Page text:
FOR IMMEDIATE RELEASE
Frederick, MD — October 12, 2010 — Akonni Biosystems, a molecular diagnostics company that develops, manufactures, and plans to market sophisticated genetic testing devices for diagnosing complex infectious and human diseases, today announced receipt of a nearly $500,000 Phase III Grant from the National Institutes of Justice (NIJ). This third round of funding from NIJ will enable Akonni to accelerate development of its transportable, sample-to-answer system for identifying single nucleotide polymorphisms (SNPs) linked to a person’s physical appearance on a low cost microarray.
As a direct result of the Human Genome Program, bioinformatics experts and geneticists are rapidly deciphering vast amounts of human genetic data. Since each person’s physical appearance is determined predominantly by this genetic data, a powerful new application in forensics for physical appearance identification is emerging. This new application, called human characteristic identification (HCID) is capable of deducing an unknown individual’s physical appearance from trace or degraded DNA samples, such as blood, saliva, semen, bone, body oils, or body parts. The physical traits revealed by SNPs can be as simple as eye, hair, and skin color, but can become more complex and include height, hair type (e.g., color, thickness, etc.) and facial features.
“Our microarray-based system will combine multiplex SNP discrimination with analytical accuracy, operational simplicity, affordable price points and rapid turnaround time,” said Dr. Phil Belgrader, Principal Investigator on the grant and Vice President of Research and Development at Akonni Biosystems. Dr. Belgrader adds, “The implications of our system in the field of forensics is far reaching – it has the potential to provide law enforcement, crime scene investigators and homeland security officers with a new tool to more accurately and rapidly apprehend perpetrators, identify victims and reduce the backlog of cold cases.”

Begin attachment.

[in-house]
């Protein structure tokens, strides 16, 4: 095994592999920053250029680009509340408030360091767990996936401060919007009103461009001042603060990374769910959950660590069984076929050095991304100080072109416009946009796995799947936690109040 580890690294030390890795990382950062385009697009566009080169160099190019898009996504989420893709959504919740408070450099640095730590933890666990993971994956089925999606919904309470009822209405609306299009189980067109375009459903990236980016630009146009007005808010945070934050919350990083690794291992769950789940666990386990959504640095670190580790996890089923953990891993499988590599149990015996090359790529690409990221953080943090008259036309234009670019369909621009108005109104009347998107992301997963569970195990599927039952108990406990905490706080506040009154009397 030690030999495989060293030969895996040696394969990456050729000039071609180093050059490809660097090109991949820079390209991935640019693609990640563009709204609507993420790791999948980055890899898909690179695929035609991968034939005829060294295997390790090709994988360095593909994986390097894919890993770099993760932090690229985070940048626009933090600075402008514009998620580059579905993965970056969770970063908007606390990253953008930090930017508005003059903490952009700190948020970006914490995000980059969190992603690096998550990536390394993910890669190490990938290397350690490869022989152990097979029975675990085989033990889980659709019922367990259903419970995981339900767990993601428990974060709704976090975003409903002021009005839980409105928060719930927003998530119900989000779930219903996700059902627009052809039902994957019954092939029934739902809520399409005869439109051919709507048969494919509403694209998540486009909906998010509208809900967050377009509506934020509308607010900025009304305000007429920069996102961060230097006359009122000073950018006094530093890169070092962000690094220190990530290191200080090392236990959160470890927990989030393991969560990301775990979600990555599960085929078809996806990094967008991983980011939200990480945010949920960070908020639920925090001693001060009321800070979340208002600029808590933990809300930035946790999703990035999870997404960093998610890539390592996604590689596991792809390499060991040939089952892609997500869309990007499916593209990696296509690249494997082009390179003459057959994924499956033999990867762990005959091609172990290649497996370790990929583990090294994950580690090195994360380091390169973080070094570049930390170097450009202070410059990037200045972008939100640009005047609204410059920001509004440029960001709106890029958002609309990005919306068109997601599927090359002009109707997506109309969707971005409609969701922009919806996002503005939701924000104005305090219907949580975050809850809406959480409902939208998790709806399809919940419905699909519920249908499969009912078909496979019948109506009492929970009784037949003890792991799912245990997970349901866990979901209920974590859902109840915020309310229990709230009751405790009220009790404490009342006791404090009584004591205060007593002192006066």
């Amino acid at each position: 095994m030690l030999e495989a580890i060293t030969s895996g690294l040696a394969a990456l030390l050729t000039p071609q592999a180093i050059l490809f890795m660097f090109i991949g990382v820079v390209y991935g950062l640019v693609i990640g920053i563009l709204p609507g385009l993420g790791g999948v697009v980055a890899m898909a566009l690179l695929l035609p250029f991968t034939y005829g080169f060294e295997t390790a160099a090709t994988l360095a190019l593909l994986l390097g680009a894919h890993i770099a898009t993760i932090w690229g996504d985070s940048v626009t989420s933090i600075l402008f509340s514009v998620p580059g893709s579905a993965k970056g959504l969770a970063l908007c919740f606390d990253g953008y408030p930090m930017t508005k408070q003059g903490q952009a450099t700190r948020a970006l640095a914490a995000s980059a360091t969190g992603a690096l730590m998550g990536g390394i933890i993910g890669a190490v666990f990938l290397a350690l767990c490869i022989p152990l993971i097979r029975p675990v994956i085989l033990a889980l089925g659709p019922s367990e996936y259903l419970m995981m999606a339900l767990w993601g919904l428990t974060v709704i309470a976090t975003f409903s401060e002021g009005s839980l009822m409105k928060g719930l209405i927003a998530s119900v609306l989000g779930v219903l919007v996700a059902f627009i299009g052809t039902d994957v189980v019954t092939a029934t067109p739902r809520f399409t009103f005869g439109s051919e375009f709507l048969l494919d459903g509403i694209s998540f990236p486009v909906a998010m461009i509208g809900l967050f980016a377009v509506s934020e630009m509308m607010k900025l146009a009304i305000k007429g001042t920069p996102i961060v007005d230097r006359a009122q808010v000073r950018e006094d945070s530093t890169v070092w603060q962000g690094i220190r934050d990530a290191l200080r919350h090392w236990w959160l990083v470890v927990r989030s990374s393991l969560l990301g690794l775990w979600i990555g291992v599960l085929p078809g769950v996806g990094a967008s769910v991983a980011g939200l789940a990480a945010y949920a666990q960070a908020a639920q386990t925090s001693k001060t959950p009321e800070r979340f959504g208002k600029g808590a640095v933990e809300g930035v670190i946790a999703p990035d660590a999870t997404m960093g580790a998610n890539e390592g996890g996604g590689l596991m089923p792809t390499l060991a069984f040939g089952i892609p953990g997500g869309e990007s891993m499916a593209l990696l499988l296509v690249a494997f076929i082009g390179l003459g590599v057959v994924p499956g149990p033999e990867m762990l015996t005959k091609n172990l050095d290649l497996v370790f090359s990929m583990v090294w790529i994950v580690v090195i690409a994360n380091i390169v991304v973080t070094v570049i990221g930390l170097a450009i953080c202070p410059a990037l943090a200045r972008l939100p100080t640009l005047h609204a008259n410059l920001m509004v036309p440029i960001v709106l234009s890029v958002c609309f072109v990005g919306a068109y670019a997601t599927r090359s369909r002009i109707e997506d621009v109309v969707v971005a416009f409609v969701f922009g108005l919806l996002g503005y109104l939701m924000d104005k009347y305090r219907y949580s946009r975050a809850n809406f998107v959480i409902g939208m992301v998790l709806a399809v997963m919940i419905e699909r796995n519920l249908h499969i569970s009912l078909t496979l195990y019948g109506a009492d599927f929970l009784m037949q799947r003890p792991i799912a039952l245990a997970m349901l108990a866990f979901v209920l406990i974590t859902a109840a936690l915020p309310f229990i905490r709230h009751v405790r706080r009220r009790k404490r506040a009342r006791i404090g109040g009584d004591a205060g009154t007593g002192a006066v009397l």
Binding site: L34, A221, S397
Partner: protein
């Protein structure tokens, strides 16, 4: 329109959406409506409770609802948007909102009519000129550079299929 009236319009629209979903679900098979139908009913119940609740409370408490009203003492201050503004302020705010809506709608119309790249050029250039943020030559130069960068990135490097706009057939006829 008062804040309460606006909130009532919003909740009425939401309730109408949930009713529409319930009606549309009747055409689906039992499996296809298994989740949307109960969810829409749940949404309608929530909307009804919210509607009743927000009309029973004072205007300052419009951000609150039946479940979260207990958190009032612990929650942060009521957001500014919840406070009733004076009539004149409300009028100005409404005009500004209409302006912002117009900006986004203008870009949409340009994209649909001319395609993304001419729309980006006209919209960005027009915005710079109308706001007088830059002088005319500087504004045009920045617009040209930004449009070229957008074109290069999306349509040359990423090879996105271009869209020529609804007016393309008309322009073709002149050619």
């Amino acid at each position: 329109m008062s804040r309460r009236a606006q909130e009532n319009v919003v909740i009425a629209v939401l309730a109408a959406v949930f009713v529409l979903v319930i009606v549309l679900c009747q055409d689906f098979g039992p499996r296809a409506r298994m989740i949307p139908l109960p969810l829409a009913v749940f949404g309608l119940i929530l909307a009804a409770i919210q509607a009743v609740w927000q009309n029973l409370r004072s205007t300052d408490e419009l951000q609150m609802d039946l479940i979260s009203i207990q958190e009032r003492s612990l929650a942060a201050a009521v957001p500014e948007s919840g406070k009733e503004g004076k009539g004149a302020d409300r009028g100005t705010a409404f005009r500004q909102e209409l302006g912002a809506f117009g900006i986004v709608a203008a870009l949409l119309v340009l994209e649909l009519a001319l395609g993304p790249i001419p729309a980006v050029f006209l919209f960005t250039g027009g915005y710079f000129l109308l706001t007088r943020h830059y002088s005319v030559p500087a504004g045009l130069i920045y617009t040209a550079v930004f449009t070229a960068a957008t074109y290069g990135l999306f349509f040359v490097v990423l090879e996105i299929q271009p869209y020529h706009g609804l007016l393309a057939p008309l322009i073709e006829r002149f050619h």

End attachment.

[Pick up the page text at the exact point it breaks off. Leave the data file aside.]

HCID has the potential to be a powerful new tool with a broad-based application in forensics and homeland security. For example, when a victim or suspect cannot be identified within CODIS (Combined DNA Index System) or the National DNA Index System (NDIS), a HCID DNA profile of a person’s physical characteristics can still be generated. While HCID is in its early development stages, it holds great future promise to solve crimes both faster and more accurately.
For more information please visit http://www.akonni.com.
Akonni Biosystems was founded in 2003 and has over 20 patents issued with 13 others pending. The company’s core technology is based on work developed at Argonne National Laboratory and the Engelhardt Institute of Molecular Biology and utilizes gel-drop array technologies optimized for medical applications. Supported by a series of government grants and contracts from NIH, CDC, DOE, DOD, NIJ, and NSF, the company has significantly advanced the original technology by improving the system’s capabilities from sample preparation to final result. Commercial products and products in its near-term pipeline include rapid sample preparation methodologies for nucleic acid extraction (TruTip) and multiplex panel assays for detecting multidrug-resistant tuberculosis (MDR-TB), upper respiratory infections, viral encephalitis, and hospital-acquired infections (MRSA).
TruDiagnosis Systems, TruDx Readers, TruArray Tests, TruTip Kits, Primers, Lysis and Binding Buffers, Wash Buffers and Elution Buffers: For Research Use Only. Not for use in diagnostic procedures. No claim or representation is intended to provide information for the diagnosis, prevention or treatment of a disease.